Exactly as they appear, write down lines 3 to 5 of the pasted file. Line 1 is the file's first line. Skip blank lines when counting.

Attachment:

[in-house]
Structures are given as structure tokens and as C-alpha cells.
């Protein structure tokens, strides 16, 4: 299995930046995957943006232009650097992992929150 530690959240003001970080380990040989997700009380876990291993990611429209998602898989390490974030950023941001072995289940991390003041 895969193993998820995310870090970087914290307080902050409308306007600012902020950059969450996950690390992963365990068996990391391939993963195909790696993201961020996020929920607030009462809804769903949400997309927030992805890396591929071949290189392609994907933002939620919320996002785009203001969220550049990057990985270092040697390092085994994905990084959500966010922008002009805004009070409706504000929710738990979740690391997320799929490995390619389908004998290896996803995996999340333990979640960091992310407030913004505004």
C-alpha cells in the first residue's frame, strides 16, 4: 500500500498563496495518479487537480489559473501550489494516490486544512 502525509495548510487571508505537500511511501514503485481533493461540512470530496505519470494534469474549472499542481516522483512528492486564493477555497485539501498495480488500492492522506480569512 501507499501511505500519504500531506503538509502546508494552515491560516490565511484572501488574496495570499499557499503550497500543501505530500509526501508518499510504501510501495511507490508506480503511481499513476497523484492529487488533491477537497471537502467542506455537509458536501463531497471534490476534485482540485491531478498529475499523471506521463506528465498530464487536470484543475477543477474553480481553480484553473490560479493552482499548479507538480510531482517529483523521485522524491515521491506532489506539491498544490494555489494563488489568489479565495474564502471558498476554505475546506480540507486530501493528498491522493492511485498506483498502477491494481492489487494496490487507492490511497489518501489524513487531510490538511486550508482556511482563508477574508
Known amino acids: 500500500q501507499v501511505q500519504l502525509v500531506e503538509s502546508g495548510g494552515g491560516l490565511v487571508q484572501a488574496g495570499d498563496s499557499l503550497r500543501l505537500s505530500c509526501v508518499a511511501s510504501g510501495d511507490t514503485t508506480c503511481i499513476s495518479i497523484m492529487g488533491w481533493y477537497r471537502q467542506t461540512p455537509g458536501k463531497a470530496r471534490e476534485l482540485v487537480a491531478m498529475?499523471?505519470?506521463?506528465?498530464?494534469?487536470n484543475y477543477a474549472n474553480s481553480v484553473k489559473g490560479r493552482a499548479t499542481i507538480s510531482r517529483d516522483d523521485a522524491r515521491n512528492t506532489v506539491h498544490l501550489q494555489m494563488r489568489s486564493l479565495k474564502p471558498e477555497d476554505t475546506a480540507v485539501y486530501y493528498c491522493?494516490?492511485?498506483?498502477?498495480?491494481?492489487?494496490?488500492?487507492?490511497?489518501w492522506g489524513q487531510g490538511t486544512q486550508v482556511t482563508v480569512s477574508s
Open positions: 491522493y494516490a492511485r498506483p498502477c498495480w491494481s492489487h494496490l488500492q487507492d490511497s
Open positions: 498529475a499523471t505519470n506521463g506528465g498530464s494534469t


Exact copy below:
């Protein structure tokens, strides 16, 4: 299995930046995957943006232009650097992992929150 530690959240003001970080380990040989997700009380876990291993990611429209998602898989390490974030950023941001072995289940991390003041 895969193993998820995310870090970087914290307080902050409308306007600012902020950059969450996950690390992963365990068996990391391939993963195909790696993201961020996020929920607030009462809804769903949400997309927030992805890396591929071949290189392609994907933002939620919320996002785009203001969220550049990057990985270092040697390092085994994905990084959500966010922008002009805004009070409706504000929710738990979740690391997320799929490995390619389908004998290896996803995996999340333990979640960091992310407030913004505004």
C-alpha cells in the first residue's frame, strides 16, 4: 500500500498563496495518479487537480489559473501550489494516490486544512 502525509495548510487571508505537500511511501514503485481533493461540512470530496505519470494534469474549472499542481516522483512528492486564493477555497485539501498495480488500492492522506480569512 501507499501511505500519504500531506503538509502546508494552515491560516490565511484572501488574496495570499499557499503550497500543501505530500509526501508518499510504501510501495511507490508506480503511481499513476497523484492529487488533491477537497471537502467542506455537509458536501463531497471534490476534485482540485491531478498529475499523471506521463506528465498530464487536470484543475477543477474553480481553480484553473490560479493552482499548479507538480510531482517529483523521485522524491515521491506532489506539491498544490494555489494563488489568489479565495474564502471558498476554505475546506480540507486530501493528498491522493492511485498506483498502477491494481492489487494496490487507492490511497489518501489524513487531510490538511486550508482556511482563508477574508
Known amino acids: 500500500q501507499v501511505q500519504l502525509v500531506e503538509s502546508g495548510g494552515g491560516l490565511v487571508q484572501a488574496g495570499d498563496s499557499l503550497r500543501l505537500s505530500c509526501v508518499a511511501s510504501g510501495d511507490t514503485t508506480c503511481i499513476s495518479i497523484m492529487g488533491w481533493y477537497r471537502q467542506t461540512p455537509g458536501k463531497a470530496r471534490e476534485l482540485v487537480a491531478m498529475?499523471?505519470?506521463?506528465?498530464?494534469?487536470n484543475y477543477a474549472n474553480s481553480v484553473k489559473g490560479r493552482a499548479t499542481i507538480s510531482r517529483d516522483d523521485a522524491r515521491n512528492t506532489v506539491h498544490l501550489q494555489m494563488r489568489s486564493l479565495k474564502p471558498e477555497d476554505t475546506a480540507v485539501y486530501y493528498c491522493?494516490?492511485?498506483?498502477?498495480?491494481?492489487?494496490?488500492?487507492?490511497?489518501w492522506g489524513q487531510g490538511t486544512q486550508v482556511t482563508v480569512s477574508s